Potential employees also find the company online. Lajoie says they do receive inquiries from those in older age groups, however they tend to be professionals who want to retire to the area but aren’t quite ready yet and their backgrounds are more specialized than what HEB needs.
“For the most part, we’ve found growing our staff from the bottom up is the most successful approach,” she says.
The firm has commercial, municipal, state and federal clients. It is currently designing the reconstruction of a stretch of Route 16 and of Hutchins Street in Berlin, and is entering into a contract with the NH Department of Transportation for the replacement of a bridge in Center Harbor. It also has a USDA contract with the United States Forest Service — White Mountain National Forest for surveying and structural and civil engineering and another with the NH Bureau of Public Works.
Among HEB’s bridge rehabilitation and replacement projects are Loon Mountain Bridge, Stark Covered Bridge and the Tuckerman Ravine Trail bridges.
“Those are good clients and good contracts because it’s an extended period with the potential for several projects.” The variety of work and clients, he says, is a good balance.
‘A great place’
Several members of the HEB staff answered brief questions about their background and how they came to be at HEB. Their answers to “Why did you choose to come back to/move to the region?” and “Why do you stay?” were so positive they could be used in business recruitment brochures for economic development agencies.
Many on the staff grew up in the Androscoggin Valley or Mount Washington Valley. Senior structural engineer Jason Ross sums up why he came home after graduating from UNH in 2000, echoing a sentiment held by his colleagues: “It is close to family and I love the area. I like the slower pace of life and I don’t like crowded cities.”
Ryan McMullen is from Derry and just started with HEB after receiving his degree from UNH. He spoke with McAllister at the UNH career fair last fall. “I was looking for an engineering firm that was on the smaller side where everyone knew everyone and you were not just a number,” he explains.
Evan Henderson grew up in New Jersey. “My family would always spend a week camping in the summer. I loved being out in nature.”
Staff surveyor Jake Therriault hails from Milan and interned in 2008 during his summer break from UNH’s Thompson School: “With my wife’s family and my family in Berlin and Milan, we chose Gorham to raise our family, which is halfway between family and work.”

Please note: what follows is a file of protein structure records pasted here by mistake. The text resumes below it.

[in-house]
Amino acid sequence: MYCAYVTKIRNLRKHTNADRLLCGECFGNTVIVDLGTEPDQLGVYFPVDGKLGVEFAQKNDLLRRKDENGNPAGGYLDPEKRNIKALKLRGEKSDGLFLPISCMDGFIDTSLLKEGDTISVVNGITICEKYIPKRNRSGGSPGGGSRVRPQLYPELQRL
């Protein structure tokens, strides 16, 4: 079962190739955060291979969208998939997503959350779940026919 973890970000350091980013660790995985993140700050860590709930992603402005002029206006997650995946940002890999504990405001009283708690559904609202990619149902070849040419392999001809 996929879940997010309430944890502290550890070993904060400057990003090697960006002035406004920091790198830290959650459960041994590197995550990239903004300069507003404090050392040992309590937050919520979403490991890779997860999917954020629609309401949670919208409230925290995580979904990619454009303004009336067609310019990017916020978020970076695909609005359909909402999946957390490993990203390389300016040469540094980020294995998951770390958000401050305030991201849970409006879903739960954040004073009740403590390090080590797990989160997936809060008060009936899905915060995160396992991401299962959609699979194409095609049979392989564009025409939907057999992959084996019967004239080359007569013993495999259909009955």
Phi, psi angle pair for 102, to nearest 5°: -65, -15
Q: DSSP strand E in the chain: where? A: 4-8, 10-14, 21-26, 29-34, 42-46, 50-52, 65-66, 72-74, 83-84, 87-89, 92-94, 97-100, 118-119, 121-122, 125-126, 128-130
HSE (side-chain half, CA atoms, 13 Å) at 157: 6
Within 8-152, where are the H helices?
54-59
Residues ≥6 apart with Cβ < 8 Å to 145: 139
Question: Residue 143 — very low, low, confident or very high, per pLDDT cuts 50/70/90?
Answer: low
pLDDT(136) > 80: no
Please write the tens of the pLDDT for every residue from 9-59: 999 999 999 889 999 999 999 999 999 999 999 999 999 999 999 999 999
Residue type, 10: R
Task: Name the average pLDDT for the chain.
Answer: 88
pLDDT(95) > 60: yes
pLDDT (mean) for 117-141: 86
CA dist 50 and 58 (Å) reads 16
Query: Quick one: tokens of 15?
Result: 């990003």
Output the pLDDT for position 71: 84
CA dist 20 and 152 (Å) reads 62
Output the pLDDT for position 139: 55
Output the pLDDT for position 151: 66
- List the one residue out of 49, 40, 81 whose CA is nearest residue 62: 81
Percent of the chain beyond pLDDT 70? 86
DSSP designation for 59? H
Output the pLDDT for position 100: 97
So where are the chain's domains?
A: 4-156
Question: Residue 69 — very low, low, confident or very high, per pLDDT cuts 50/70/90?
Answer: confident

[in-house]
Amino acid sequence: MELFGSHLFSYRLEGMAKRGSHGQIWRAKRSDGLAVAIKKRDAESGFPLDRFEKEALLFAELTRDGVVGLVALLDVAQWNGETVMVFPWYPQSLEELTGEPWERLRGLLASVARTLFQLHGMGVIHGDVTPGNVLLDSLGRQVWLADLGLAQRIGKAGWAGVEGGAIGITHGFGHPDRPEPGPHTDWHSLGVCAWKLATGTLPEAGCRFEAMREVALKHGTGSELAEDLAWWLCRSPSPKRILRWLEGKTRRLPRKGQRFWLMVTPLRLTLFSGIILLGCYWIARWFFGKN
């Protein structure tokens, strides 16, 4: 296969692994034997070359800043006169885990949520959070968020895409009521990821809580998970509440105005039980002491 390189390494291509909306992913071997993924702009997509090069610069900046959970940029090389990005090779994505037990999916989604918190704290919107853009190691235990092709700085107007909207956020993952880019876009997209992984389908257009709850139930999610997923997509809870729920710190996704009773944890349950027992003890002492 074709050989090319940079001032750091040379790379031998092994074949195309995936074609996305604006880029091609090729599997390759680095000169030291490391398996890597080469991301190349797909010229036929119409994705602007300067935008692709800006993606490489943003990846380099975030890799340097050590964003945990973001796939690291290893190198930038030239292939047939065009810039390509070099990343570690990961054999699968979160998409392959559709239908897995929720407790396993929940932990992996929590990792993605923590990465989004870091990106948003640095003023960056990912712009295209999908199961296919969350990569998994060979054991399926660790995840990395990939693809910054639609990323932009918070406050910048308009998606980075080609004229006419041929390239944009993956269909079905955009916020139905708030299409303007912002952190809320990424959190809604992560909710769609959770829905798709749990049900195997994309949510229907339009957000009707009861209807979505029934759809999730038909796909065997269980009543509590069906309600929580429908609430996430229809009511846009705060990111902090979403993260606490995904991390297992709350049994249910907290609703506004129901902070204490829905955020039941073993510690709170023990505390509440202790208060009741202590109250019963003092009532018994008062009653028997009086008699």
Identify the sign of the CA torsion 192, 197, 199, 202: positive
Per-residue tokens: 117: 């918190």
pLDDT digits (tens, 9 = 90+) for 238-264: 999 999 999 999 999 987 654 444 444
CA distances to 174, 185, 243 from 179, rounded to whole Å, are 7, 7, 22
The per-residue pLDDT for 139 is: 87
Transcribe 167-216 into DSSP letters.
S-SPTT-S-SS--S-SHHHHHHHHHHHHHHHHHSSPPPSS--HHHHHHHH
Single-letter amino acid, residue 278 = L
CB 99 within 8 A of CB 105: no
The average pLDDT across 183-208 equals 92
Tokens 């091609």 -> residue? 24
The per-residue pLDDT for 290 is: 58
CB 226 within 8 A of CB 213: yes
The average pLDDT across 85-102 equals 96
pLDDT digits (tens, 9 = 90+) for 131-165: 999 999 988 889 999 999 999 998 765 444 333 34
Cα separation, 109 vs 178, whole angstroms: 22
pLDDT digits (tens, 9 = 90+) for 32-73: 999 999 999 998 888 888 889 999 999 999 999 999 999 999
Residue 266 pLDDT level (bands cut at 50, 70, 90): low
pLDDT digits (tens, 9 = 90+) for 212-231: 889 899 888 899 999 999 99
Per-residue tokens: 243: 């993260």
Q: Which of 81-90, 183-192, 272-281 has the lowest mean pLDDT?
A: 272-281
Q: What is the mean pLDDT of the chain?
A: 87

Junior engineer Michael Larson started with HEB in June 2014. He’s an HEB scholarship recipient, grew up in Eaton and attended the University of Connecticut.
Says Larson: “I really enjoy working five minutes from Cathedral Ledge, Cranmore and the White Mountains. It’s important to be able to work and play all in the same day. HEB is very flexible, allowing their employees to take advantage of the area, as long as you put in the hard work first.”
Seth Burnell, son of Doug Burnell, left Conway to attend Cornell University. He did his first work for HEB when he was in junior high, then interned at HEB after his junior year of college: “I thought for awhile when I was in school that I could be happy living down near Boston, for example, with college friends and with a job in my field of study. Upon returning home, however, I quickly realized I would not be happy trying to be a city mouse.”
He continues, “This is a great place to live and give my kids the same experiences I enjoyed in my youth. I realize, however, that finding a professional position here plays a significant role for many in making these ideals possible.”
Originally from Biddeford, Maine, Fournier joined HEB in 2006. He reached out to the company because he wanted to live and work in the area. “My wife and I chose a semi-close location with plenty of outdoor activities to keep busy,” he says, noting the plus of lower taxes than working and living in Maine.
“My first job out of school was with an engineering firm just outside of Washington, D.C., and I went seven miles to work every day and it took me 45 minutes, in four lanes either way,” McAllister recounts. When he was transferred to Albany, N.Y., he asked himself, “What can I do to not be living in Albany and be closer to home? I never took vacation, I was always going home.”